Please ensure Javascript is enabled for purposes of website accessibility

What Happened in the Stock Market Today

By Jim Crumly – Updated Jun 5, 2017 at 4:58PM

You’re reading a free article with opinions that may differ from The Motley Fool’s Premium Investing Services. Become a Motley Fool member today to get instant access to our top analyst recommendations, in-depth research, investing resources, and more. Learn More

On a flat day for Wall Street, shares of Buffalo Wild Wings and Mallinckrodt sank.

Stocks remained largely unchanged on Monday, with the Dow Jones Industrial Average (^DJI) and the S&P 500 (^GSPC 0.25%) losing less than 0.15% each.

Today's stock market

Index Percentage Change Point Change
Dow  (0.10%)  (22.25)
S&P 500  (0.12%)  (2.97)

Data source: Yahoo! Finance

On a quiet day, gold held fairly steady, with the SPDR Gold Trust ETF (GLD -0.14%) up 0.10%. Energy stocks rebounded a little despite falling crude oil prices, and the Energy Select Sector SPDR ETF (XLE -2.02%) added 0.20%.

Two stocks under pressure from vocal detractors fell today: Buffalo Wild Wings (BWLD) and Mallinckrodt plc (MNK)

Wall Street and flags

Image source: Getty Images.

Wings. Beer. Sports. Activist investors?

Shares of restaurant chain Buffalo Wild Wings fell 6.1% on Monday in the latest reaction to the results of a proxy fight with hedge fund and shareholder Marcato Capital. Marcato has been exerting pressure on the company to correct what it says is underperformance compared with its peers by replacing management and moving to a more heavily franchised structure. The proxy battle pitted Marcato's board nominees against the longest-serving members of B-Dubs' board, including CEO Sally Smith. 

On Friday it was announced that Marcato's challenge was successful, placing three of its four nominees on the board and ousting Smith and one other candidate. Smith immediately announced her retirement. The news sent the stock higher on Friday, but the market seemed to lose enthusiasm for the change today.  The stock price has retreated to a level unseen since last October.

Buffalo Wild Wings had years of notable growth but has put up disappointing same-store sales growth in recent quarters. The company has been hit by a confluence of negative factors, including a slumping restaurant industry, declining traffic to malls, and a decrease in sports viewership. Management's arguments that same store-sales growth such as last quarter's 0.5% is reasonable given the headwinds were apparently unpersuasive to its shareholders. Smith said in a press release last Tuesday, "Despite these headwinds, Buffalo Wild Wings continues to perform well, achieving positive same-store sales growth in the First Quarter of 2017 and generating substantial free cash flow. I am proud that we have outperformed our peers on critical operating metrics like same-store sales and restaurant margins for many years."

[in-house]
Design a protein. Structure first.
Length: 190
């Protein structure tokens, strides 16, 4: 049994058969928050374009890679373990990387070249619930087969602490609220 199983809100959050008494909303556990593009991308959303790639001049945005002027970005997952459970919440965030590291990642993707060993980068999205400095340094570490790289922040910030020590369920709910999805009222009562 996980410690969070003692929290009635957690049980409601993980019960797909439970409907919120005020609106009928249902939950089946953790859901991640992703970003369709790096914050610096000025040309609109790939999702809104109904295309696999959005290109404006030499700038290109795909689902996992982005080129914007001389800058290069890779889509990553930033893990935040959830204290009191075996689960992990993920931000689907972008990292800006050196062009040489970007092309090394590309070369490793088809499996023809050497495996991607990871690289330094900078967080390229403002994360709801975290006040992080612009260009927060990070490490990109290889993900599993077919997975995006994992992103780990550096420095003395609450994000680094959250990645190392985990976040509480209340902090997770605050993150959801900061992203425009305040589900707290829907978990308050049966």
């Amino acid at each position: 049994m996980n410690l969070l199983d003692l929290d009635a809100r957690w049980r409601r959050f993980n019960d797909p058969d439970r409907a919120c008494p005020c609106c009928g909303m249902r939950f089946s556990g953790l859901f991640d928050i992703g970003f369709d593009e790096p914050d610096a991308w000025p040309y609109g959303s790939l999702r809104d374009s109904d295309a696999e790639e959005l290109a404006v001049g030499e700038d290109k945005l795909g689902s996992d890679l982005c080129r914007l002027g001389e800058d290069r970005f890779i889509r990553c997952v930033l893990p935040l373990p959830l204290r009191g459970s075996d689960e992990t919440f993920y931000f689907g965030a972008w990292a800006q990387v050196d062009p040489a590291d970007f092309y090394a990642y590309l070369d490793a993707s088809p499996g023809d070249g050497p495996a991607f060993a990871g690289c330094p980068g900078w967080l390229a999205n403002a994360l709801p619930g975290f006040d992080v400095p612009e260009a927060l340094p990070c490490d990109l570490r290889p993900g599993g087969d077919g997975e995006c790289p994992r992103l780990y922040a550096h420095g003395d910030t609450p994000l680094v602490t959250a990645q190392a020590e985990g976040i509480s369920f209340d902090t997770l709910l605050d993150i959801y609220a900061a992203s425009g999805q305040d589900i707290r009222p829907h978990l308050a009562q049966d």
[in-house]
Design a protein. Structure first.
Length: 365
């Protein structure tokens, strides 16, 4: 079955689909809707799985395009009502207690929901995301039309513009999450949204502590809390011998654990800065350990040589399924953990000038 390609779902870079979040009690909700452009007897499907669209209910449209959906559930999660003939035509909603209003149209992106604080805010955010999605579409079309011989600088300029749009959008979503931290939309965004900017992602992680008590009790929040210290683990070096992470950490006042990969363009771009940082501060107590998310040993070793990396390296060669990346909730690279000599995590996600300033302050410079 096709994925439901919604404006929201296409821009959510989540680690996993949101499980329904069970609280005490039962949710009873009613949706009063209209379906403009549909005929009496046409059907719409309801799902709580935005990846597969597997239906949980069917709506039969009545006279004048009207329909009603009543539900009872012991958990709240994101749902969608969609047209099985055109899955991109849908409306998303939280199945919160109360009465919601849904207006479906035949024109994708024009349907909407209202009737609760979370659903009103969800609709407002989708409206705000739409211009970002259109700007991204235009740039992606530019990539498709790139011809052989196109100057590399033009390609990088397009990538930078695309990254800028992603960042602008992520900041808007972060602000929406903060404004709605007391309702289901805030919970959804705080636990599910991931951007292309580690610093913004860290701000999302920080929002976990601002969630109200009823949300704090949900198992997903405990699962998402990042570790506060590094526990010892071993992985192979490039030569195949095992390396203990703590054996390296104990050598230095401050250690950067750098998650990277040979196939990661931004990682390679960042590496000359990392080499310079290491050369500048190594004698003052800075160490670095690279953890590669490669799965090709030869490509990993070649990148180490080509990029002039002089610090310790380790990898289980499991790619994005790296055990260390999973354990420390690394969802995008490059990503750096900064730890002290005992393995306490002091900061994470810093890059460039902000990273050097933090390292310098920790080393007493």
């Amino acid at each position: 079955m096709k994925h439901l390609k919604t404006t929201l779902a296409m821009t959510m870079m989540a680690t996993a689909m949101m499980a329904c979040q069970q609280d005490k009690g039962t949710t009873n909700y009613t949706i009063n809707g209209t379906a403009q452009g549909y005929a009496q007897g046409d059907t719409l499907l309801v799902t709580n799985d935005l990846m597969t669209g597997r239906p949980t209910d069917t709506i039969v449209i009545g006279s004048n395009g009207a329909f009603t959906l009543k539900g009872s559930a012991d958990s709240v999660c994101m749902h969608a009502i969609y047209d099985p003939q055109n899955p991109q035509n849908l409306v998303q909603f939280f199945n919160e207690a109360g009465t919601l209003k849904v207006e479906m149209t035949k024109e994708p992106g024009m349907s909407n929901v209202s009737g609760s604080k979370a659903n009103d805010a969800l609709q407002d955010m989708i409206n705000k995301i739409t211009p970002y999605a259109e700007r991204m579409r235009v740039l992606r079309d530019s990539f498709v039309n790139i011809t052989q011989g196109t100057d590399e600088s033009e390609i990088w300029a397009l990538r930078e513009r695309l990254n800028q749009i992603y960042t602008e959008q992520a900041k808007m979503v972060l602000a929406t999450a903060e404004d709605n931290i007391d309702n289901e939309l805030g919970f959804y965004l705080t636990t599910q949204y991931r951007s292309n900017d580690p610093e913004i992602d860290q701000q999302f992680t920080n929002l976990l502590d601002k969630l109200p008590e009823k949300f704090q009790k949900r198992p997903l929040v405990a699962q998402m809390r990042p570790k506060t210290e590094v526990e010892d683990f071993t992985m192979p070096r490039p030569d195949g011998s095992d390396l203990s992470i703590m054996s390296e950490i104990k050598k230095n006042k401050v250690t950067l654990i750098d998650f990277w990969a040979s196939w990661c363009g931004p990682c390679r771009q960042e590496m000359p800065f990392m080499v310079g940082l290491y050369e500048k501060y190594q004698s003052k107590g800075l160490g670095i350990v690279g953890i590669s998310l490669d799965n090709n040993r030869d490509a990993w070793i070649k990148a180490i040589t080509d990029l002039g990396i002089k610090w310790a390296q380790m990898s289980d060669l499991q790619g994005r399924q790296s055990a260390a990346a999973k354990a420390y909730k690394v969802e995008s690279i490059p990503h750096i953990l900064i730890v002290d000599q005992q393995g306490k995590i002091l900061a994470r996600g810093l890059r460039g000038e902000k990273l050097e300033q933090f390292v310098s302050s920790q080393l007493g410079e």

Will Marcato's plan work any better? Today's market reaction seems to indicate some skepticism about that.

Mallinckrodt under fire -- again

Pharmaceutical company Mallinckrodt was criticized in a new report by short-seller Citron, sending shares down 5%. The report claims to present "New PROOF" that Mallinckrodt stock is "on its way to ZERO."  This follows an attack last month by short-seller Jim Chanos that prompted a press release from the company in response. 

The controversy revolves around the drug H.P. Ackthar Gel, an injectable specialty drug that is approved for a variety of indications including seizures, multiple sclerosis, systemic lupus erythematosus, and arthritis. At issue is whether the company will be able to continue charging a high price for the drug -- with a list price over $36,000 per vial, according to Mallinckrodt -- as pressure from pharmacy benefit managers increases. Indeed, the company revealed last year it had been investigated by the Federal Trade Commission over potential monopoly practices. 

The FTC action was resolved, and the company continues to defend the viability of its H.P. Ackthar business. But looming over Mallinckrodt's stock price has been its generic drug business, which declined 10% in constant currency last quarter, causing rumors to swirl about a possible sale. Until the market feels more confident about the long-term prospects of the company, it is likely to remain susceptible to attacks by its detractors.

Jim Crumly owns shares of Buffalo Wild Wings. The Motley Fool owns shares of and recommends Buffalo Wild Wings. The Motley Fool has a disclosure policy.

Premium Investing Services

Invest better with The Motley Fool. Get stock recommendations, portfolio guidance, and more from The Motley Fool's premium services.